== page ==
My sense of home is defined by three things: the community I know, the sense of familiarity and my instinctive pride of being a Singaporean. So yes, the first part on community definitely does matter to me. The friends I’ve made here, the people I know. For me, this comes in bite-sized chunks experiences in each of the different communities that I’ve been involved in. I tell the freshmen in USP this whenever I can: “you get as much as you give, sometimes more”. That’s been my experience so far, the effort I’ve invested to get to know people and to contribute to this community has been returned in so much love and satisfaction. To have friends who I know will welcome me to crash on their couches at odd hours of the night if I need space, or others who I can always open up to and talk about anything, is a great comfort.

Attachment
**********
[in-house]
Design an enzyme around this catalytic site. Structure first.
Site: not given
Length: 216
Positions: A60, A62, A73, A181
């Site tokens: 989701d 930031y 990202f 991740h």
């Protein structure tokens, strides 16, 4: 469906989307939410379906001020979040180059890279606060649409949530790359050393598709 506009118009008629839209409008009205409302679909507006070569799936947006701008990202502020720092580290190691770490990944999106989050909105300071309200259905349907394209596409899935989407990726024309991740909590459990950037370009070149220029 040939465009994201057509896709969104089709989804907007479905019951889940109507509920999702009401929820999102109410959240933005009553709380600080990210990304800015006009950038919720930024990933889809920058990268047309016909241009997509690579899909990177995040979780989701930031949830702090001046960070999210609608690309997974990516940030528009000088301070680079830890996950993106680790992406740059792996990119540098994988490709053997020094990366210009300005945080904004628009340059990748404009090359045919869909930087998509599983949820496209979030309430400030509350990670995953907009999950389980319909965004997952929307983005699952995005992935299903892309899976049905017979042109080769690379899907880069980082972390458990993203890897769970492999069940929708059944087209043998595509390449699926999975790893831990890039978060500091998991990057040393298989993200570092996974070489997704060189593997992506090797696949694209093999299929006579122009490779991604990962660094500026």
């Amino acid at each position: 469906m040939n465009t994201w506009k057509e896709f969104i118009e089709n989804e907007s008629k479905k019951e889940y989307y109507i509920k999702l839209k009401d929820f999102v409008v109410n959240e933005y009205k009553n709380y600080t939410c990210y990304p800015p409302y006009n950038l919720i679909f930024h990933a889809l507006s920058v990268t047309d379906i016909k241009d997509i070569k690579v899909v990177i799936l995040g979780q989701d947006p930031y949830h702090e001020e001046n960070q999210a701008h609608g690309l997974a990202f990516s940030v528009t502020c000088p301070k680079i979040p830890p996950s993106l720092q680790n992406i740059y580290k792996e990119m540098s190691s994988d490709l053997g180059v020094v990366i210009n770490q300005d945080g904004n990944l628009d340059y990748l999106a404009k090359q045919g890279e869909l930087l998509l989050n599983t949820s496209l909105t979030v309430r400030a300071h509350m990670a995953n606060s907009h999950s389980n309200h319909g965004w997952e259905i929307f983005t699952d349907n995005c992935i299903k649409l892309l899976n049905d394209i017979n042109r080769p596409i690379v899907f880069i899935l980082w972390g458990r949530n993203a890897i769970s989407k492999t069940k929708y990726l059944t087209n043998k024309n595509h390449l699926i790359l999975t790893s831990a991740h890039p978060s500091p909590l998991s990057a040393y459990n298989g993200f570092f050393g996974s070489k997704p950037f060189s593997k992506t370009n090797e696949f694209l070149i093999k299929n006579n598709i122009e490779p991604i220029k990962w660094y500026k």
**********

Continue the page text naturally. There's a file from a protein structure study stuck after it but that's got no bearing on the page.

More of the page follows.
This applies in so many different contexts: school, church, fencing, etc. Everywhere I have invested, I have received and it’s these communities that root me here. In sum: this is home because I belong here to all the communities I have rooted myself in. This naturally leads on to the next point: sense of familiarity.

It’s a bit trickier to define though. What’s familiar, for one? Kit Chan wrote a column published on TODAY Online entitled “Home, surely, starts with what is made in Singapore” (http://www.todayonline.com/commentary/home-surely-starts-what-made-singapore). She talks about her decision to come home from working overseas as an artiste:

“I chose to move back home in 1998 — yes, coinciding with my debut performance of the song Home as providence would have it — because I knew that if I lived overseas for too long, I would sooner or later lose the connection I have with this place I have always called home, and along with it, all the relationships I have cultivated in my life.”